I do wonder what accounts for the shift towards university billboard advertising, if there has been a shift. I also wonder about the costs and benefits of billboard advertising for universities. And I wonder about the comparative costs and benefits of alternative marketing.
Super Bowl ads – costing a record high $5 million for a 30-second spot – are likely a much more significant investment than your average billboard ad, but I imagine most companies that are advertising during the Super Bowl have decided that the costs outweigh the benefits. A few years ago, however, Pepsi decided to withdraw from the Super Bowl advertising frenzy for the first time in 23 years. Instead, Pepsi made more than $20 million in local grants, in the amount of $5,000 to $250,000 each. The local grants included things like buying uniforms for a high school's band. I imagine the local grants were powerful, relatively narrow in impact, and perhaps difficult to tie directly to sales. This year, it looks like Pepsi is back advertising during the Super Bowl where the advertising is much broader, if shallower. (Hat tip to the Coursera and University of Illinois digital marketing course for the link to the Pepsi story).
So maybe the decision for universities to use billboards is similar to the decision of multinational corporations to advertise during the Super Bowl: the ad might not be as personally powerful as something more individualized like local grants, but the ad will reach many more people. While I think the broader reach makes some sense, I do wonder if that will continue to hold true with social media; I imagine some of Pepsi’s local grants, for example, could “go viral” when shared on social media and could possibly rival the reach of a Super Bowl ad.
Thursday, January 28, 2016
From the Faculty Lounge: "Villanova University - Charles Widger School of Law seeks an outstanding lawyer/educator/scholar to teach business law and entrepreneurship courses, broadly defined, and to serve as the Faculty Director for The John F. Scarpa Center for Law and Entrepreneurship." More information available here.
At this point in the year, I imagine that some, if not many, of the positions on the list may be filled.
Friday, January 22, 2016
I am taking a MOOC from University of Illinois and Coursera on digital marketing. I've been trying to take at least one course a semester. Both the underlying material, and the intricacies of online education have been interesting. I chose this course because I have family members in the digital marketing area, and I am taking (and discussing) this course with them.
Later, I may discuss some of the substantive take-aways from the course --- I have completed about 50% of the course so far --- but in this post I want to discuss business/academic entanglement.
In this digital marketing class, an assignment on co-creation (by firms & their customers) consisted of creating an online account with Starbucks, submitting an idea for consideration, and reporting how the idea was received by commenters. This was a useful exercise and it made the concept come alive, but I couldn't help wondering if Starbucks was somehow involved with University of Illinois and/or Coursera in creating this assignment. To be clear, I have no idea whether Starbucks was or was not involved. But, in any event, with the thousands (and maybe 10s of thousands) of people who are taking this course, this assignment seemed like a win for Starbucks. Well, actually, this idea submission portion of Starbucks' website was not functioning properly, leading to many, many complaints from the students on the course discussion boards, but the assignment could have been a big win for Starbucks. And eventually, a work-around was suggested, and I assume that many, many people still created online accounts with Starbucks when they might not have otherwise. The creation of those accounts, and the simple brand exposure, certainly has some value to Starbucks.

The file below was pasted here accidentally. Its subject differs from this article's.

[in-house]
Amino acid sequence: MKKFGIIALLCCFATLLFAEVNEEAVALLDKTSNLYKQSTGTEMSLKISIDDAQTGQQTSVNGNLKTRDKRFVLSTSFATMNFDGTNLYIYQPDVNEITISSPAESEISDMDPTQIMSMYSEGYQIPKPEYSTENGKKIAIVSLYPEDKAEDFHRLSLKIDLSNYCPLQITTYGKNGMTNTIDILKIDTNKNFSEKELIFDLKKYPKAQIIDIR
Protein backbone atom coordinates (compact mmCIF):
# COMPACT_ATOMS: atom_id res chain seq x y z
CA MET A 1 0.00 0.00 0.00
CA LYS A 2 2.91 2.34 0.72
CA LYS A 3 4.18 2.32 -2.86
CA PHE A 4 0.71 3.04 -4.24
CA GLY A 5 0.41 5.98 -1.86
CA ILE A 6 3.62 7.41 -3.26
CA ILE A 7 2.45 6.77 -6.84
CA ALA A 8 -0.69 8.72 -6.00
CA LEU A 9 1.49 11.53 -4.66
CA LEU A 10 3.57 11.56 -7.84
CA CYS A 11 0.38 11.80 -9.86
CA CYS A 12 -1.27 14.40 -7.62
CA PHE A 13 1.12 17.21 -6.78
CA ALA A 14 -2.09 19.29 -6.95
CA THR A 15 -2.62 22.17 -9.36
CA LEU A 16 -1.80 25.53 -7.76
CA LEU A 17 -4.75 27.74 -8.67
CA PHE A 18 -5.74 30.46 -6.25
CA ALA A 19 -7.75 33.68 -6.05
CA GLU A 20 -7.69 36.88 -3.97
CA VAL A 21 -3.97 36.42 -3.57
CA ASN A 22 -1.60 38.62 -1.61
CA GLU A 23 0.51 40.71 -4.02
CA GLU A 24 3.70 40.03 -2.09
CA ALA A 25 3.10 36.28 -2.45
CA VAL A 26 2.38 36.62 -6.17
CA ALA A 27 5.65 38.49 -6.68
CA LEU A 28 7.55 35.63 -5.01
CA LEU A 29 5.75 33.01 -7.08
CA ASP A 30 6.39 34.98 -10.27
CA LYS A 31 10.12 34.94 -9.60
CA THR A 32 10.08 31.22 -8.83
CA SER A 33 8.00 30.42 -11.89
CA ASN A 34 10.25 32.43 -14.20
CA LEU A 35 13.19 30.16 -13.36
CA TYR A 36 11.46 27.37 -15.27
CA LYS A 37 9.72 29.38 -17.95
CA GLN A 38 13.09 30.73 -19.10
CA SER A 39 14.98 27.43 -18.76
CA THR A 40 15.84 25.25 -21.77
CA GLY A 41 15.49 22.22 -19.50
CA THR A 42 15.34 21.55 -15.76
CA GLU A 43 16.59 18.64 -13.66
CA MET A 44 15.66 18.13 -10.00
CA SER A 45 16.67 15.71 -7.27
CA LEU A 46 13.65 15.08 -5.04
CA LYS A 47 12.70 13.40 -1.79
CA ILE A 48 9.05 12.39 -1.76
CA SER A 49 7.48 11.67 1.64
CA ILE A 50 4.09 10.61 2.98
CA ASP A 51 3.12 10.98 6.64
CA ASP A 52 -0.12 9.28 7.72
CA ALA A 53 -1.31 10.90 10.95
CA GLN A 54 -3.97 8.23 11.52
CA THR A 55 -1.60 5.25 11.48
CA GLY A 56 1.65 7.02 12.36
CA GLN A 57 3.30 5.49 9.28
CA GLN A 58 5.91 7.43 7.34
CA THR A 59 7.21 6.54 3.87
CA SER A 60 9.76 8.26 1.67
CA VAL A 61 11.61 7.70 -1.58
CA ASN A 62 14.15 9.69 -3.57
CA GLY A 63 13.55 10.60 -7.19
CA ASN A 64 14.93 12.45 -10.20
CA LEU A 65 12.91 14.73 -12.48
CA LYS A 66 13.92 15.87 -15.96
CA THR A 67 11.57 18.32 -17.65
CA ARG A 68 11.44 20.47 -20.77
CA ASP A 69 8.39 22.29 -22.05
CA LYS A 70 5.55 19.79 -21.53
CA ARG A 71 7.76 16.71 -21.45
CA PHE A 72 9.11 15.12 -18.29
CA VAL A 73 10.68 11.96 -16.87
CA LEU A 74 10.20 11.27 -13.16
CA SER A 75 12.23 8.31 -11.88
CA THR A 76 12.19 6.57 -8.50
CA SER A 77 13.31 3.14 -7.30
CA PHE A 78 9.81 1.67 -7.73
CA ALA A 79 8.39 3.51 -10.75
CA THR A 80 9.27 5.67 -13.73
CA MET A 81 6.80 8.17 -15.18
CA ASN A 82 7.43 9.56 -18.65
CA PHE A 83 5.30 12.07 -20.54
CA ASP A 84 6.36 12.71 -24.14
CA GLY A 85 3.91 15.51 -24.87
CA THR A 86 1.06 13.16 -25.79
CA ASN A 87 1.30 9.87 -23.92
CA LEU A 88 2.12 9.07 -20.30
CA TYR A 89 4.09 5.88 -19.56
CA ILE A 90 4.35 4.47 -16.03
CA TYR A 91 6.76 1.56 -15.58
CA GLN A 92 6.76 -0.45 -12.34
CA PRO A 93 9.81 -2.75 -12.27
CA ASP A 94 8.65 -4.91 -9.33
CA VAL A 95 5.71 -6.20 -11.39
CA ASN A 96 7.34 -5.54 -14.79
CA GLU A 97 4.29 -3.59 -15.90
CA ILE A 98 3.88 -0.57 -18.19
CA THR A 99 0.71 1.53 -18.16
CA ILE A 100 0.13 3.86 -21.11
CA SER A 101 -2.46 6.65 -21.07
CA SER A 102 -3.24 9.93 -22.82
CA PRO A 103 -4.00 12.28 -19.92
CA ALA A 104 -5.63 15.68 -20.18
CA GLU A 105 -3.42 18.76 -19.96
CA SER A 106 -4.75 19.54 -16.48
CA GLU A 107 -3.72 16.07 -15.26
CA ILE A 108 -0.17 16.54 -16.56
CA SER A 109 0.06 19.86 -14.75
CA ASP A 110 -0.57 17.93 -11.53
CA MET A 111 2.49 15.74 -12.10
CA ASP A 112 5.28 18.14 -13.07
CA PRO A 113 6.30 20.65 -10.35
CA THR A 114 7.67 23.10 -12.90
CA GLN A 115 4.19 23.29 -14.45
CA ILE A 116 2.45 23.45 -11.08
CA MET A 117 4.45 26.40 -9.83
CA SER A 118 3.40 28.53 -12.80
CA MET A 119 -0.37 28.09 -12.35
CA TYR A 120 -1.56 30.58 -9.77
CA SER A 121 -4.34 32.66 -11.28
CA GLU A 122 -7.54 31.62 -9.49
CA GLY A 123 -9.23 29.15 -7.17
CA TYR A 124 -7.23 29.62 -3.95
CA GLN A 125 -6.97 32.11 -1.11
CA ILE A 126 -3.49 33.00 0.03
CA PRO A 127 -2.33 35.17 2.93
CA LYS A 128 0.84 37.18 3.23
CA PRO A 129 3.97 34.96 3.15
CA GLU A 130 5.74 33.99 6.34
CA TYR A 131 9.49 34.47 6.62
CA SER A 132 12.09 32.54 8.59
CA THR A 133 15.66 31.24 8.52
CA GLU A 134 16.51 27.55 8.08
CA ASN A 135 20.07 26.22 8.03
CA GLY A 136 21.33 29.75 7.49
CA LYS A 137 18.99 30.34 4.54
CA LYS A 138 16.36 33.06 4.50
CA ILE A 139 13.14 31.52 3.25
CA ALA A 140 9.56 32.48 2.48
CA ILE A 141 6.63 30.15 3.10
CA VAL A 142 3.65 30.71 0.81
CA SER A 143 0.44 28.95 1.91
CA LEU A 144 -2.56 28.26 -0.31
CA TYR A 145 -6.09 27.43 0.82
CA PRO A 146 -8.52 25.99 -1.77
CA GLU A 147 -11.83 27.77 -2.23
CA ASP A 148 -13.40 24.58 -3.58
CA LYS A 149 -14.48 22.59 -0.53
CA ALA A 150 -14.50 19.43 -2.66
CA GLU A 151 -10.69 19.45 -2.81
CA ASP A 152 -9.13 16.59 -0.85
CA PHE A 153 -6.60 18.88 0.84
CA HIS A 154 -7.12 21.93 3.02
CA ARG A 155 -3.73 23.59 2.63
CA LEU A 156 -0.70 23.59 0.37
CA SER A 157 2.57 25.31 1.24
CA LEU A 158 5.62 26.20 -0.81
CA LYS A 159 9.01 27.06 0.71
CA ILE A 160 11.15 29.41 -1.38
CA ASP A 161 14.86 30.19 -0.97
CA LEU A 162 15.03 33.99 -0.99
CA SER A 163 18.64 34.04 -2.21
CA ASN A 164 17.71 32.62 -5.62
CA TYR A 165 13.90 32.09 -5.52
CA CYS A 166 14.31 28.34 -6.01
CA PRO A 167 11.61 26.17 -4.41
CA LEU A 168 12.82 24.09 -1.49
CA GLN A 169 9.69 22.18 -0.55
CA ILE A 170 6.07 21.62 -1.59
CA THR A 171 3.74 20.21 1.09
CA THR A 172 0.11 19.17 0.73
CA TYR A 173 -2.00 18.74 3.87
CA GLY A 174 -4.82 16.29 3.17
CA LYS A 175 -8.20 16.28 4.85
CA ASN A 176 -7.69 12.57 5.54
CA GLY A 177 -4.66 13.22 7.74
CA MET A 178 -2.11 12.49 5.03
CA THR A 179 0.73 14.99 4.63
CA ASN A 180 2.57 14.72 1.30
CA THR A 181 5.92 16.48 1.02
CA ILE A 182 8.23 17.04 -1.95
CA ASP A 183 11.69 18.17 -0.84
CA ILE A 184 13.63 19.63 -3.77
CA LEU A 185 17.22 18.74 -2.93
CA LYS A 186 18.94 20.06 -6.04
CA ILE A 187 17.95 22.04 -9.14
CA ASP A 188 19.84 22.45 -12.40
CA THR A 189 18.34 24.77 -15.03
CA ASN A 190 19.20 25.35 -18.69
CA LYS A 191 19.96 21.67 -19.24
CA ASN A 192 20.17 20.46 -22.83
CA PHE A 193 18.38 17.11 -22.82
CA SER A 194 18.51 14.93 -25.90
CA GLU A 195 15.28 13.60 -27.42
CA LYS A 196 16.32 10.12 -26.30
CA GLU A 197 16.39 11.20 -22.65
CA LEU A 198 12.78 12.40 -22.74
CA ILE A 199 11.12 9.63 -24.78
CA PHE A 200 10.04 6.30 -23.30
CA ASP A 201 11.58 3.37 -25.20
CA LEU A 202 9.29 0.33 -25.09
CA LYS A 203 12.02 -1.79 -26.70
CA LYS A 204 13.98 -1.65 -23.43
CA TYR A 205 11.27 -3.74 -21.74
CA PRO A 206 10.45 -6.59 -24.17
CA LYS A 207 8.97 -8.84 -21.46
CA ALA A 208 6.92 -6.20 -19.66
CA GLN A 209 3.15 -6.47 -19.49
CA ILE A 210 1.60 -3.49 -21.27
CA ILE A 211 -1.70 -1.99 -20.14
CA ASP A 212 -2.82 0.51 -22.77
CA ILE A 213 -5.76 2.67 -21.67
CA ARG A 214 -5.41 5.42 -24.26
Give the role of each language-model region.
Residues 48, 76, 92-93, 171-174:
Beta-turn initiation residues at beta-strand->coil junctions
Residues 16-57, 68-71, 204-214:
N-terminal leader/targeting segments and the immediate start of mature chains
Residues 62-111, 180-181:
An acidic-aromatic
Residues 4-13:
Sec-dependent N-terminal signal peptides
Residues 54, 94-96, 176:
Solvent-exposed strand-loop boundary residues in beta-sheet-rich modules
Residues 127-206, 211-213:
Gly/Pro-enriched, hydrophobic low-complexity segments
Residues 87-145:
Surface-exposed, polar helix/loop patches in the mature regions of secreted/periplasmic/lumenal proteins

Anyway, my question is this: Are course creators ethically obligated to disclose entanglement or abstain from entanglement between businesses and their educational institutions?
Even if there is no entanglement (I am thinking about direct or indirect payments for the assignment), how should potential benefits to the educational institution be treated? For example, what if the University of Illinois plans to pitch Starbucks CEO Howard Schultz on making a contribution toward a new campus building and plans to bring up this assignment? Again, I don't know if there was any entanglement here, and I assume it was just an innocent and useful assignment. But with the increasing corporatization of higher education, I wonder about the appropriate boundaries between businesses and universities.
Thoughts from our readers are welcomed.
Friday, January 15, 2016
Perhaps the most common question I receive from the MBA students in my Decision Making & Negotiation Skill class is - what do I do when the other side is completely unreasonable or evil?
Robert Mnookin (Harvard) explores this question in his book Bargaining with the Devil: When to Negotiate and when to Fight.
I won't attempt to summarize the entire book, but I share a few representative quotes below. (Page numbers correspond to the 2010 hardback edition).
"By 'Devil' I mean an enemy who has intentionally harmed you in the past or appears willing to harm you in the future. Someone you don't trust. An adversary whose behavior you may even see as evil." (pg. 1)
"An act is evil when it involves the intentional infliction of grievous harm on another human being in the circumstances where there is no adequate justification." (pg. 15)